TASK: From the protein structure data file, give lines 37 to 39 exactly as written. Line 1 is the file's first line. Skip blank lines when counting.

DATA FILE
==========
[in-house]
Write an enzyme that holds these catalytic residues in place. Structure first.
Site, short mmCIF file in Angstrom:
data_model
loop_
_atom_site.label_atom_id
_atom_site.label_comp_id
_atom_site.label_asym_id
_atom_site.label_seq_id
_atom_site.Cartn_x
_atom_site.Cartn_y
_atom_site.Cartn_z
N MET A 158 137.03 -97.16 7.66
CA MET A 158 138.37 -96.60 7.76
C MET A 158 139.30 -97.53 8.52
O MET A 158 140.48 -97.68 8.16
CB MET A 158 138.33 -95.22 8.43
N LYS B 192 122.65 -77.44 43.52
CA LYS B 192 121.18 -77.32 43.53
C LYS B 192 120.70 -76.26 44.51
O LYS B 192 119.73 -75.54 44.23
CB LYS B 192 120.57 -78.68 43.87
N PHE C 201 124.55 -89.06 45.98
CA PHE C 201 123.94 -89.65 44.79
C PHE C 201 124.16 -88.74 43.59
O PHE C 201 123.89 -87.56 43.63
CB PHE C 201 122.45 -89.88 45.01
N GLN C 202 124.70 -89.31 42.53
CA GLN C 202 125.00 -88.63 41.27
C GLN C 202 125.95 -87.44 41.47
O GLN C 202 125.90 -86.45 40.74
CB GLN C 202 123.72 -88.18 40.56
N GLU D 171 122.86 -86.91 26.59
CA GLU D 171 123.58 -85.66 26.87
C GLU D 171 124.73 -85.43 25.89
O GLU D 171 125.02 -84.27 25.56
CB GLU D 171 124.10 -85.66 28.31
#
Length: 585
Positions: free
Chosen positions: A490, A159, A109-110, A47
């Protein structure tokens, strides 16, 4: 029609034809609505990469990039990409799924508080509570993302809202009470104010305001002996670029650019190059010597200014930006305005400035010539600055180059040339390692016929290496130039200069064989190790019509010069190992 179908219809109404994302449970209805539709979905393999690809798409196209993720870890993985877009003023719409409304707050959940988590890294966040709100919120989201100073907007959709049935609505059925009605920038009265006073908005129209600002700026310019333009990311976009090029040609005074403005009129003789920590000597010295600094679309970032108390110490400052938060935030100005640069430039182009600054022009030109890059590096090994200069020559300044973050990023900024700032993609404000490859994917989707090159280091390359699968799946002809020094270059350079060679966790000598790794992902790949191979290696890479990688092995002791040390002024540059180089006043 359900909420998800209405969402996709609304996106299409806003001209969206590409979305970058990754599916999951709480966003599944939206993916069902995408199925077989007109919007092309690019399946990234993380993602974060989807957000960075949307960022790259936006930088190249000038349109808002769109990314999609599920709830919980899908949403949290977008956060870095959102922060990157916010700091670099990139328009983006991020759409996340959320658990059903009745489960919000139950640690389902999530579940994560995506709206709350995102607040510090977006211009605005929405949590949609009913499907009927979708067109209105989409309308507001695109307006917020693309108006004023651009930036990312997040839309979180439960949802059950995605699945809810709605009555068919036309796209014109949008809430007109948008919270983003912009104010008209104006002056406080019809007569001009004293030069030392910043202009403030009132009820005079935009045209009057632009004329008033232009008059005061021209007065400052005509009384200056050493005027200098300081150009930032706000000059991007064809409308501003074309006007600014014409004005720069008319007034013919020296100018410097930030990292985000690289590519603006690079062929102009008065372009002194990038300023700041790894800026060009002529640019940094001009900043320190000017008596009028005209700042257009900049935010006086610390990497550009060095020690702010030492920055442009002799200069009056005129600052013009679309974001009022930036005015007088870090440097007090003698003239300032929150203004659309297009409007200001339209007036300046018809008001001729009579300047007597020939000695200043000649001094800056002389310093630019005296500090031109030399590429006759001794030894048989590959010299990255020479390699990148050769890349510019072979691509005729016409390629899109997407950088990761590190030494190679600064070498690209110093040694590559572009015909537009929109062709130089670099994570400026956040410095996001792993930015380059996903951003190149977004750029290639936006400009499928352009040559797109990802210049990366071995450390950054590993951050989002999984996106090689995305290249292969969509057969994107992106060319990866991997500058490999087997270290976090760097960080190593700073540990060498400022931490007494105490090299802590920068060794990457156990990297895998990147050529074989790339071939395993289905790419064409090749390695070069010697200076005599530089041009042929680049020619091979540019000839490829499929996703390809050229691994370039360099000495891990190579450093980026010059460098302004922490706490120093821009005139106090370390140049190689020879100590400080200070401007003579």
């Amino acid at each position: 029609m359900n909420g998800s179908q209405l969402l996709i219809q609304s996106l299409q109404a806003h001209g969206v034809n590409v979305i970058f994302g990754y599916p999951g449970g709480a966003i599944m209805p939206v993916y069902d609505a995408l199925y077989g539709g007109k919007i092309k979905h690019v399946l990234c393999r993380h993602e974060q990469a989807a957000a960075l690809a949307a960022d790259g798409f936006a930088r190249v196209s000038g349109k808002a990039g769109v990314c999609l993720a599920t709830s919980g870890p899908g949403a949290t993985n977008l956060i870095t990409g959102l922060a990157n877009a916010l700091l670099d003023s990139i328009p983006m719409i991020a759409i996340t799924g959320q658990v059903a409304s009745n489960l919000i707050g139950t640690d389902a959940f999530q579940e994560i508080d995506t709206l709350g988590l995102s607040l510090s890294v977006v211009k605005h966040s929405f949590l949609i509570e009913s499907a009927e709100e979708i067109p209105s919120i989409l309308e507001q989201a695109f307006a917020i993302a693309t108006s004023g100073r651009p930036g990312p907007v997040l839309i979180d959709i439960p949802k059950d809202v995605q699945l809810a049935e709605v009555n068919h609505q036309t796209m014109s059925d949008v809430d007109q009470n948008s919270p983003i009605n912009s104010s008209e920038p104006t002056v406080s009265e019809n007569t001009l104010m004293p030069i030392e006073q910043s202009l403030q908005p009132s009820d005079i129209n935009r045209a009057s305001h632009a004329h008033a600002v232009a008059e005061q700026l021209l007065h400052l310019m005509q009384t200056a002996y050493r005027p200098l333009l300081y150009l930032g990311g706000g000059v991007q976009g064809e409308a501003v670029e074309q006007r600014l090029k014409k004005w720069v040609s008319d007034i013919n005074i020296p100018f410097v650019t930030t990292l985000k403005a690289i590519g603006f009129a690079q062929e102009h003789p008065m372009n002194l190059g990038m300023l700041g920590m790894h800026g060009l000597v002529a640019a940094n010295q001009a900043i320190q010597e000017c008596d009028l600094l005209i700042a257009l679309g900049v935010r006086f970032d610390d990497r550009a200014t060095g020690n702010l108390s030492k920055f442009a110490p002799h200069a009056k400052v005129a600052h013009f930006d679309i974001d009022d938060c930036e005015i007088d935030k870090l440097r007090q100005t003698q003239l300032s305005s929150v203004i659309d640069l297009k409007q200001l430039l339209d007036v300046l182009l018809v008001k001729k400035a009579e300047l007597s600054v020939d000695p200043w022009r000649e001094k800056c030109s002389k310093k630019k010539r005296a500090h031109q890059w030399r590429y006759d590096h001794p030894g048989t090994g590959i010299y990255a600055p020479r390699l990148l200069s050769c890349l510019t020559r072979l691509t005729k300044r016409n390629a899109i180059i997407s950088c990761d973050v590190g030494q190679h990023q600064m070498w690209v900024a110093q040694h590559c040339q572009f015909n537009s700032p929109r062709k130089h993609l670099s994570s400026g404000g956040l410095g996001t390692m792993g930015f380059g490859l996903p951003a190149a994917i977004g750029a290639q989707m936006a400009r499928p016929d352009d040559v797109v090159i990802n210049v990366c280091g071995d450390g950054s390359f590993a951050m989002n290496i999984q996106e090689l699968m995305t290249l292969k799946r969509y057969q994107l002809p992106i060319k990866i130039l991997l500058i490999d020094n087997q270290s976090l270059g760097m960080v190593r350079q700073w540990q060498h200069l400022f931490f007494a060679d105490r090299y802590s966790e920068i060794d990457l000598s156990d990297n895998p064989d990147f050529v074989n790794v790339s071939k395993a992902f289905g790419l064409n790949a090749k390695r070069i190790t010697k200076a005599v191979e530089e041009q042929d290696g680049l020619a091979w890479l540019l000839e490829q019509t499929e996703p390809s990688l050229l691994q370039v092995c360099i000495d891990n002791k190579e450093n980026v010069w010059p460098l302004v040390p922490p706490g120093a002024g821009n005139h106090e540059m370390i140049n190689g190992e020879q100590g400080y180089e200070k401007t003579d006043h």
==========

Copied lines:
CB GLU D 171 124.10 -85.66 28.31
#
Length: 585